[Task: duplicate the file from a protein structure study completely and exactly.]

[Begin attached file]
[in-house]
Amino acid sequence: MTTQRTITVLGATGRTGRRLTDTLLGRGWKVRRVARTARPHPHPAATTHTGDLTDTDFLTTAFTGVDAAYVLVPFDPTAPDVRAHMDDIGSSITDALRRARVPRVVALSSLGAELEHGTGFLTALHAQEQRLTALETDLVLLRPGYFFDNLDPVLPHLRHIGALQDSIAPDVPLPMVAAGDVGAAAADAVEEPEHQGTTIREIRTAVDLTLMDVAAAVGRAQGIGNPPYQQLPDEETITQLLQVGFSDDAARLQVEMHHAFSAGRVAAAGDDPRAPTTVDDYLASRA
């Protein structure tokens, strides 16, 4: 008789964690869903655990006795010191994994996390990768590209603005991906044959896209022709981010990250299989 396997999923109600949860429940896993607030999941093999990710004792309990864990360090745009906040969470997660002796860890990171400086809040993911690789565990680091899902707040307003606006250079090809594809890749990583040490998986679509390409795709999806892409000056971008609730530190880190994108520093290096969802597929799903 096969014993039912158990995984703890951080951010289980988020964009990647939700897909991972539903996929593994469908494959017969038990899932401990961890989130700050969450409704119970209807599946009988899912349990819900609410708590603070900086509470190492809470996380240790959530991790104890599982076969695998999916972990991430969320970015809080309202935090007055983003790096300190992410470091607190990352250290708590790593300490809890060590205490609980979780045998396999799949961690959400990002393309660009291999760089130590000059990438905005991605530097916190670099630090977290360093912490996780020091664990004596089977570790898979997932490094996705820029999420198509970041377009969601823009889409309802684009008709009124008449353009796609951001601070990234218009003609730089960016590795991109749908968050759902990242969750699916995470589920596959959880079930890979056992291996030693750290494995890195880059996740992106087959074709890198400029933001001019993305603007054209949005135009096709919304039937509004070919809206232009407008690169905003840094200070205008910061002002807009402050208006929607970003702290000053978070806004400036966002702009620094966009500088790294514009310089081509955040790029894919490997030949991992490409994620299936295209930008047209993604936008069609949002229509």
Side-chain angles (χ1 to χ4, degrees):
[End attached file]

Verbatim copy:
[in-house]
Amino acid sequence: MTTQRTITVLGATGRTGRRLTDTLLGRGWKVRRVARTARPHPHPAATTHTGDLTDTDFLTTAFTGVDAAYVLVPFDPTAPDVRAHMDDIGSSITDALRRARVPRVVALSSLGAELEHGTGFLTALHAQEQRLTALETDLVLLRPGYFFDNLDPVLPHLRHIGALQDSIAPDVPLPMVAAGDVGAAAADAVEEPEHQGTTIREIRTAVDLTLMDVAAAVGRAQGIGNPPYQQLPDEETITQLLQVGFSDDAARLQVEMHHAFSAGRVAAAGDDPRAPTTVDDYLASRA
């Protein structure tokens, strides 16, 4: 008789964690869903655990006795010191994994996390990768590209603005991906044959896209022709981010990250299989 396997999923109600949860429940896993607030999941093999990710004792309990864990360090745009906040969470997660002796860890990171400086809040993911690789565990680091899902707040307003606006250079090809594809890749990583040490998986679509390409795709999806892409000056971008609730530190880190994108520093290096969802597929799903 096969014993039912158990995984703890951080951010289980988020964009990647939700897909991972539903996929593994469908494959017969038990899932401990961890989130700050969450409704119970209807599946009988899912349990819900609410708590603070900086509470190492809470996380240790959530991790104890599982076969695998999916972990991430969320970015809080309202935090007055983003790096300190992410470091607190990352250290708590790593300490809890060590205490609980979780045998396999799949961690959400990002393309660009291999760089130590000059990438905005991605530097916190670099630090977290360093912490996780020091664990004596089977570790898979997932490094996705820029999420198509970041377009969601823009889409309802684009008709009124008449353009796609951001601070990234218009003609730089960016590795991109749908968050759902990242969750699916995470589920596959959880079930890979056992291996030693750290494995890195880059996740992106087959074709890198400029933001001019993305603007054209949005135009096709919304039937509004070919809206232009407008690169905003840094200070205008910061002002807009402050208006929607970003702290000053978070806004400036966002702009620094966009500088790294514009310089081509955040790029894919490997030949991992490409994620299936295209930008047209993604936008069609949002229509």
Side-chain angles (χ1 to χ4, degrees):